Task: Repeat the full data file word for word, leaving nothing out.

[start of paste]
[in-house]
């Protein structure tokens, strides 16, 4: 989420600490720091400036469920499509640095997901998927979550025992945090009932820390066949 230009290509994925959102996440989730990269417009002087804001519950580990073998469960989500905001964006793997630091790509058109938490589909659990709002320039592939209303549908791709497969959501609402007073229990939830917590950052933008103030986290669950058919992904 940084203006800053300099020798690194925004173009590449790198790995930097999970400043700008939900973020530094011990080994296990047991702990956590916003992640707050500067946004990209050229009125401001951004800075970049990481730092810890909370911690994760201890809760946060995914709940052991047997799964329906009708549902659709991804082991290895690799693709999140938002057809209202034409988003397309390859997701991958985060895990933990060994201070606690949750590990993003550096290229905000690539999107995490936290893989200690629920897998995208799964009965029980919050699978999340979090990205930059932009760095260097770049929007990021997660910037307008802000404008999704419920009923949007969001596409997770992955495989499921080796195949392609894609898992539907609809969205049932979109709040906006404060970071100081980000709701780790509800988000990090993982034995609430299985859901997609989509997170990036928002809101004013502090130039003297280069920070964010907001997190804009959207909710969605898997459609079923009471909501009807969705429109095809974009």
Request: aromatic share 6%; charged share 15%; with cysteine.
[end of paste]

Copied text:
[in-house]
């Protein structure tokens, strides 16, 4: 989420600490720091400036469920499509640095997901998927979550025992945090009932820390066949 230009290509994925959102996440989730990269417009002087804001519950580990073998469960989500905001964006793997630091790509058109938490589909659990709002320039592939209303549908791709497969959501609402007073229990939830917590950052933008103030986290669950058919992904 940084203006800053300099020798690194925004173009590449790198790995930097999970400043700008939900973020530094011990080994296990047991702990956590916003992640707050500067946004990209050229009125401001951004800075970049990481730092810890909370911690994760201890809760946060995914709940052991047997799964329906009708549902659709991804082991290895690799693709999140938002057809209202034409988003397309390859997701991958985060895990933990060994201070606690949750590990993003550096290229905000690539999107995490936290893989200690629920897998995208799964009965029980919050699978999340979090990205930059932009760095260097770049929007990021997660910037307008802000404008999704419920009923949007969001596409997770992955495989499921080796195949392609894609898992539907609809969205049932979109709040906006404060970071100081980000709701780790509800988000990090993982034995609430299985859901997609989509997170990036928002809101004013502090130039003297280069920070964010907001997190804009959207909710969605898997459609079923009471909501009807969705429109095809974009």
Request: aromatic share 6%; charged share 15%; with cysteine.